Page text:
Alice made an effort to be positive about her wayward brother.

‘You never know,’ she said. ‘He may be back home by then.’

‘I doubt that somehow.’

‘Things will be different when winter comes. Paul will start to have second thoughts about living hand to mouth. Having a roof over his head will become much more important to him.’

‘I don’t want him driven back here because of bad weather,’ said Ellen, baulking at the idea. ‘I’d like him back because he’s missing his family.’ She pursed her lips. ‘That may be too much to ask.’

‘Paul’s my brother. He ought to be there for my wedding.’

‘How can he do that if he doesn’t even know when it is?’

Alice was deflated. ‘That’s a fair point.’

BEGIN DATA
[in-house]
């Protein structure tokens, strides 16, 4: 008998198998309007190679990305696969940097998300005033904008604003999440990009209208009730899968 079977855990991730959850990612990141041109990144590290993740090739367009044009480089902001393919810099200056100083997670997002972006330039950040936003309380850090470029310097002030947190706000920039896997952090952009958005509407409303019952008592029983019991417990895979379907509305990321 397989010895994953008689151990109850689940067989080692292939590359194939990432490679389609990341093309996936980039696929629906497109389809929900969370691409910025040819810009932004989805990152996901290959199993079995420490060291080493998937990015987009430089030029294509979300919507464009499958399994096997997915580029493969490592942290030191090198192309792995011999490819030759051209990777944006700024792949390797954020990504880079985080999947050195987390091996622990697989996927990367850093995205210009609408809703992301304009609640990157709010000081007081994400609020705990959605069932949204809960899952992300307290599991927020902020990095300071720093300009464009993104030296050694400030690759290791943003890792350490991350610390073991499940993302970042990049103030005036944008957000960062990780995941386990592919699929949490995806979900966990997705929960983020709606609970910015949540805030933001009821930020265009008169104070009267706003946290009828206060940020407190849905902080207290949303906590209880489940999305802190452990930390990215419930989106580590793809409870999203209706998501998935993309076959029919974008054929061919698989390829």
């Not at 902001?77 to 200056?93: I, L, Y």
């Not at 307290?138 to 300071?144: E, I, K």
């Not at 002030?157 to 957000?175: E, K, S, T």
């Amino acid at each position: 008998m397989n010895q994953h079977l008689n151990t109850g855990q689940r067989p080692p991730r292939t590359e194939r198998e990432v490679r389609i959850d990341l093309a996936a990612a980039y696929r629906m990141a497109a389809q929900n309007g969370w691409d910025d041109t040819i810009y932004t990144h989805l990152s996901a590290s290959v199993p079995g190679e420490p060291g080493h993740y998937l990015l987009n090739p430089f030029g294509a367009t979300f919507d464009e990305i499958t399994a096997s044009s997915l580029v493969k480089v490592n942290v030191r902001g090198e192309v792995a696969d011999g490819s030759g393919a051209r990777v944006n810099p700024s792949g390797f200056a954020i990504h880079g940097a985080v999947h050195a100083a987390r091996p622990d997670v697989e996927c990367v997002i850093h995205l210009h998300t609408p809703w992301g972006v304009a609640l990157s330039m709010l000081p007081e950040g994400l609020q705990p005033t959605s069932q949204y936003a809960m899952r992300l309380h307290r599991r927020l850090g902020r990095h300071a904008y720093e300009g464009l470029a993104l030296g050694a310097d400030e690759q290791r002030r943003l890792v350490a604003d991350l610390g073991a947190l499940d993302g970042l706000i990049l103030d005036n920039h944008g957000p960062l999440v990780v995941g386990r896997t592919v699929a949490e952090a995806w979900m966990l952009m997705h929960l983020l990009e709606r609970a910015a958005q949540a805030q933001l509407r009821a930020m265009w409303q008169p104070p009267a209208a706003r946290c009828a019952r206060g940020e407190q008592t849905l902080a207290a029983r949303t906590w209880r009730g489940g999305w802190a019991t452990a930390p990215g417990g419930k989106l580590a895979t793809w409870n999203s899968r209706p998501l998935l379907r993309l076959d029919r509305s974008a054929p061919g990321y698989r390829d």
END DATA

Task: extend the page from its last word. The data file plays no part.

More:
‘If he had any intention of coming home, he’d have turned up months ago. We have to be realistic, Alice. He’s gone for good.’

 

When he’d assigned the case to Marmion, the superintendent had reminded him that he expected to be kept informed of developments at every stage. Once he’d gathered enough information, therefore, the inspector was driven straight back to Scotland Yard so that he could report to his superior. Seated behind his desk, Claude Chatfield listened with interest to what the detectives had found at the Lotus Hotel. The manager had given Marmion a plan of the property. He now opened it in front of the superintendent.

‘How did the murder victim get into the building?’ he asked. ‘That was my first question. The second one is linked to it: how on earth did Lady Diana Brice-Cadmore, who occupied that room, leave the hotel with her luggage without being seen?’